In the October 2011 issue of The Atlantic, I ran across Richard Florida’s article, “Where the Skills Are” and found myself rethinking the idea of a diverse workforce. The idea has two paradoxical forces playing on it:
- Diversity improves a company’s adaptability, creativity and innovation
- Employers tend to hire employees who are like them
Why Encouraging a Diverse Workforce is Tough
For the moment, let’s imagine that employers can hire a diverse workforce. The next challenge is managing it. It’s difficult because personality conflicts are side-effects of diversity.
Since everyone’s a people person until people are the problem, managers are more apt to “get rid of the problem” rather than incorporate it. Consequently, employers will not only tend to hire those “who fit in” but also dispose of those “who don’t.” This moves them ever faster toward a homogeneous workforce lacking adaptability and innovation.
The Role of Conflict Management
Richard’s article focused on talented people adept at connecting with diverse people. Still, it applies to management. Diversity requires talented managers comfortable with it. Being able to handle conflict is key. That’s because personality conflicts are more likely in diverse teams.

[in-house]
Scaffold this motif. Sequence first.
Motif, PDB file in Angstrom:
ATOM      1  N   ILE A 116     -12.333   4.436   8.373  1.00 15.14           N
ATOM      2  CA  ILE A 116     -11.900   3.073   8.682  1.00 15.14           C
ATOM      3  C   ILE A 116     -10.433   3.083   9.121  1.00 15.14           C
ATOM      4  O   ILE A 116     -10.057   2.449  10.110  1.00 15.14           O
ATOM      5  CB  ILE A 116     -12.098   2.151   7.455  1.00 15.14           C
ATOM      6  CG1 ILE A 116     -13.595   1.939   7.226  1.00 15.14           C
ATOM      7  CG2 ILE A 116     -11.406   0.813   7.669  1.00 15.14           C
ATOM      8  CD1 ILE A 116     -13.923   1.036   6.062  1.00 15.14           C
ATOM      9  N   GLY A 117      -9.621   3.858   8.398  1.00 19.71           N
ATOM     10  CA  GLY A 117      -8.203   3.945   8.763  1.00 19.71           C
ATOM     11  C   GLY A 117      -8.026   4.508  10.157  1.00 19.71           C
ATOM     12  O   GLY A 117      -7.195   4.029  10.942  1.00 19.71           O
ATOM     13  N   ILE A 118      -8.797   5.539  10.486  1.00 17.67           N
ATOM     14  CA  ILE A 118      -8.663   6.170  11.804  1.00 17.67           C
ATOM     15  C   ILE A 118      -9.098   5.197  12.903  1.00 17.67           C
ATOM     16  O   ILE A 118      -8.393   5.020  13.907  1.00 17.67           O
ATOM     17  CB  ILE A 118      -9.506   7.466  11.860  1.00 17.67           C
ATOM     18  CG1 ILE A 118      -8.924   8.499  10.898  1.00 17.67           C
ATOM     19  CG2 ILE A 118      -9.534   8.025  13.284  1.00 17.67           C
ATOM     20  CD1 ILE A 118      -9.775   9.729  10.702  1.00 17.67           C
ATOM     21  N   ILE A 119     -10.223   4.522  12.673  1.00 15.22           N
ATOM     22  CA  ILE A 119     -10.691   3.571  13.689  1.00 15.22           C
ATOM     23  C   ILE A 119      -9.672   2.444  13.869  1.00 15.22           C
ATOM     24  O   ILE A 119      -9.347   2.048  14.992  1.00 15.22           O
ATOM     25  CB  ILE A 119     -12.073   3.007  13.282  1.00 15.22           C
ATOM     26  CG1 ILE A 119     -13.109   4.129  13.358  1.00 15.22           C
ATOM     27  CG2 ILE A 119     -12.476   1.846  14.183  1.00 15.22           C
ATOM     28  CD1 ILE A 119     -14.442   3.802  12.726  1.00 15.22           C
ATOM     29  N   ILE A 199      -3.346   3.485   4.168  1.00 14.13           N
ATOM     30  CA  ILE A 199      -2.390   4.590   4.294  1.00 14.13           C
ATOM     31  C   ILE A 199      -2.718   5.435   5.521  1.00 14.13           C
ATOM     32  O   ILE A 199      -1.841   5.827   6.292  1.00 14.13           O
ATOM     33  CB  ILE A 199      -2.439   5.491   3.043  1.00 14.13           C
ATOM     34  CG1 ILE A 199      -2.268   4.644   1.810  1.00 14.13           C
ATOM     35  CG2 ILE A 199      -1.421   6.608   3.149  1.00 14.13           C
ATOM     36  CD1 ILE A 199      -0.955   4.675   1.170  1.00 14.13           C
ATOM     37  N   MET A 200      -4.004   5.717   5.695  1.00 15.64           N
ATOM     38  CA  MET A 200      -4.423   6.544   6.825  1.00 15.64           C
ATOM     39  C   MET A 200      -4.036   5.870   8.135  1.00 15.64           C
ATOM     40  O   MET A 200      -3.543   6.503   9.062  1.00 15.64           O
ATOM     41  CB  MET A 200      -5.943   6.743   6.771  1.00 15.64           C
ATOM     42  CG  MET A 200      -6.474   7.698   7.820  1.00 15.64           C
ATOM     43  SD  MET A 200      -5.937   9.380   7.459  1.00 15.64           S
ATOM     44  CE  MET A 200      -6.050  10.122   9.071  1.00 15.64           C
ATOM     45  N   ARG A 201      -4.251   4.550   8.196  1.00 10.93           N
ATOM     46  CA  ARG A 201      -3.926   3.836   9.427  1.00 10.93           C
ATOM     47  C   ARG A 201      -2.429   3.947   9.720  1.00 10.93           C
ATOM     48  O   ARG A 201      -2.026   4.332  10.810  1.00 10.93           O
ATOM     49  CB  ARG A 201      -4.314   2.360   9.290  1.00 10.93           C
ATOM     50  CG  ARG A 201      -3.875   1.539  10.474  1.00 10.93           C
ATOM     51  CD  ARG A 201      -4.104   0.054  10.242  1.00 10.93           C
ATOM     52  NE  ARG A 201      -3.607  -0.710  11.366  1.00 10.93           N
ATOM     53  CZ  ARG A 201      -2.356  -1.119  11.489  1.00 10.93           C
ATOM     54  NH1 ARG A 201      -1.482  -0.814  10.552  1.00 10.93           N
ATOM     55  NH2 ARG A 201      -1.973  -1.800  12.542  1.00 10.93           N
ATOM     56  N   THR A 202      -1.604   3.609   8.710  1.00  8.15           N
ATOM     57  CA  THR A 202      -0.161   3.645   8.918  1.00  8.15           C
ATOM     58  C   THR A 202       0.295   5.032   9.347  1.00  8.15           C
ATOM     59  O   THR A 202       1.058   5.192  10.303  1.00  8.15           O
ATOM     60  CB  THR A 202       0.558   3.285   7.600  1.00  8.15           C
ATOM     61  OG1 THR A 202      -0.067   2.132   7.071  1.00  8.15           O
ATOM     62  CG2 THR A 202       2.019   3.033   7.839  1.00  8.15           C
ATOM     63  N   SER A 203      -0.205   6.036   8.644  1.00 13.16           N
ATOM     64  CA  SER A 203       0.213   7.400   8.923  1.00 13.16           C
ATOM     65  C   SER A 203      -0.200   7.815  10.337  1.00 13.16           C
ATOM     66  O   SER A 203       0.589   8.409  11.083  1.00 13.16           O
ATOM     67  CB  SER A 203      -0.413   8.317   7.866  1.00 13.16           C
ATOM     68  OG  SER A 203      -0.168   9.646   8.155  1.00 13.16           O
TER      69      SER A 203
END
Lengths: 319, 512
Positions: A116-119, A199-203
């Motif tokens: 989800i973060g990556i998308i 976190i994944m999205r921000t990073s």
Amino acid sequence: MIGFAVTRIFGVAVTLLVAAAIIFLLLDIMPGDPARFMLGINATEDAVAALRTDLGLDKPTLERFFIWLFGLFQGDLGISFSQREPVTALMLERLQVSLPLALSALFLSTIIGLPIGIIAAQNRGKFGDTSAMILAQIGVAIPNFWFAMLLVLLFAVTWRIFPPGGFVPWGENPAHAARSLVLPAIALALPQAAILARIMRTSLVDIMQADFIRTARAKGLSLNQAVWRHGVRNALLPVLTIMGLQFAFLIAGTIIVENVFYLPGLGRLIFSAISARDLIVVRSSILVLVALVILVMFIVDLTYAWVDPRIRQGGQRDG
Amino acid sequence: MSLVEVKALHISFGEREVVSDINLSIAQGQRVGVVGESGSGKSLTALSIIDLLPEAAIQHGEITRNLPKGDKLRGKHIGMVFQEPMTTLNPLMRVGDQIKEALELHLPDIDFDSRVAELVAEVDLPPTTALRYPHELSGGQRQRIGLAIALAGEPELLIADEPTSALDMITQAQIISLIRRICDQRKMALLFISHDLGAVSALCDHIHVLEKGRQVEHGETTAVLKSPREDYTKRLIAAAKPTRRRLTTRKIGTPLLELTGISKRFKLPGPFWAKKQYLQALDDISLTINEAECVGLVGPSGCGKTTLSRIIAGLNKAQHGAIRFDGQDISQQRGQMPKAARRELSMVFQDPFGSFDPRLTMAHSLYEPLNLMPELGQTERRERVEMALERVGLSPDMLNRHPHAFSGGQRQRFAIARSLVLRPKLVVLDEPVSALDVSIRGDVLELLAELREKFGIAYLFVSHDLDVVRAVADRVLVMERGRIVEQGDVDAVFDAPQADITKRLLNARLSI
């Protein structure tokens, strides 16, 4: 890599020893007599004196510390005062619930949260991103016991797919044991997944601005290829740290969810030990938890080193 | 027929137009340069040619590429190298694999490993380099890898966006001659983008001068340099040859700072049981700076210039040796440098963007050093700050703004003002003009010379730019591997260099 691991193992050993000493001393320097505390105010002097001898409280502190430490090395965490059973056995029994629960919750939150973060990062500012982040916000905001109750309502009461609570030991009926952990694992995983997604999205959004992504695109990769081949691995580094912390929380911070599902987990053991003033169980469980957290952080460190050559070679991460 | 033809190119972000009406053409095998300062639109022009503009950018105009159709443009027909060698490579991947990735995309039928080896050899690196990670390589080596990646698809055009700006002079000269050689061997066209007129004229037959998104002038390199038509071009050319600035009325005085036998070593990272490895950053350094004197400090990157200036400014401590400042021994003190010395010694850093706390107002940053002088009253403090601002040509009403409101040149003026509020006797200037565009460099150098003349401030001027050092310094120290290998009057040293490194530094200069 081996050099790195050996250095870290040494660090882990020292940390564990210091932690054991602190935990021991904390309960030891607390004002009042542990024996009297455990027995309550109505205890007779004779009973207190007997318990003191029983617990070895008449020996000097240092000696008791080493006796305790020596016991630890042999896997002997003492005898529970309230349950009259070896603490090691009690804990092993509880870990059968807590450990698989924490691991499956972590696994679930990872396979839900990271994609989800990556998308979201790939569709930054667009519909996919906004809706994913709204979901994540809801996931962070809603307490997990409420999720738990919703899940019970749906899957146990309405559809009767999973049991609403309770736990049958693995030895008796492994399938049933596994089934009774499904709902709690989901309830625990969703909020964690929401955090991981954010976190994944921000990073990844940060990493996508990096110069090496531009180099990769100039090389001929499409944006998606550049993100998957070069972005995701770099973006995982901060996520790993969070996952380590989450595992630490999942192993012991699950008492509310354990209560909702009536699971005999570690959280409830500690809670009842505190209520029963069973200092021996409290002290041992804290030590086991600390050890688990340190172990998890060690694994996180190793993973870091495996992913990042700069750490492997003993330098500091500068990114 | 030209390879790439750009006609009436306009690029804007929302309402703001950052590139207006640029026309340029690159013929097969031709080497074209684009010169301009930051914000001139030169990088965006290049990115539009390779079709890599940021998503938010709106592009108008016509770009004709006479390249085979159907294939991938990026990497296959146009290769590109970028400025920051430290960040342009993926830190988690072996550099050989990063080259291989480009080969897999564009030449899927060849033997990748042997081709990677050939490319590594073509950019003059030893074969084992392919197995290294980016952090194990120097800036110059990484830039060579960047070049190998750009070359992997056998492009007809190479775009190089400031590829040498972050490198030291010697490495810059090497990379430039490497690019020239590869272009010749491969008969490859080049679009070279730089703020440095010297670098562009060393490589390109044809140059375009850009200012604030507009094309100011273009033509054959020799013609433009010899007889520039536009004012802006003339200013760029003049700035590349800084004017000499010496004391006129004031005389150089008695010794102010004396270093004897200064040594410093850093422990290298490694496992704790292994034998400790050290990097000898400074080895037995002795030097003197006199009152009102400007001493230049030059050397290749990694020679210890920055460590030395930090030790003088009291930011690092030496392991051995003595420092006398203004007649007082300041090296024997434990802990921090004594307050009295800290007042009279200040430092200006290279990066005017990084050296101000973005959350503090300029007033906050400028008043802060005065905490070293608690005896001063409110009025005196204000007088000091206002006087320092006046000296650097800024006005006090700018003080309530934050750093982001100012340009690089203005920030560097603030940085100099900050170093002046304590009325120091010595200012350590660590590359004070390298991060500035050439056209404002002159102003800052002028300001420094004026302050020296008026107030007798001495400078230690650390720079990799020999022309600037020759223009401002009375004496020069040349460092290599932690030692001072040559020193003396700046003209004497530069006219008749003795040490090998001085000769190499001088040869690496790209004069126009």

Personality conflicts show up in many superficial ways as differences in approaches, organization, ideas, behaviors and others. A manager needs to see through this. Otherwise, he’ll spend too much time trying to fix the superficial problem and not the root one. This means accounting for his own biases, creatively solving it and having the discipline to see things through. Personality conflicts do not go away overnight.
The Rising Need for Better Management Talent
Moreover, as technology continues its advance, the need for such managerial talent will only rise. Technology will take over more and more routine tasks. What’s left are people issues. That puts a rising premium on soft skills.
Marketplaces will also drive this. They will continue to become more dynamic. This needs innovation. Diversity is key here. However, the problem is that the workplace is only accustomed to thinking of diversity in demographic terms. This thinking needs to expand to personality types too. As a result, the need for better talent to manage a diverse workforce will only rise.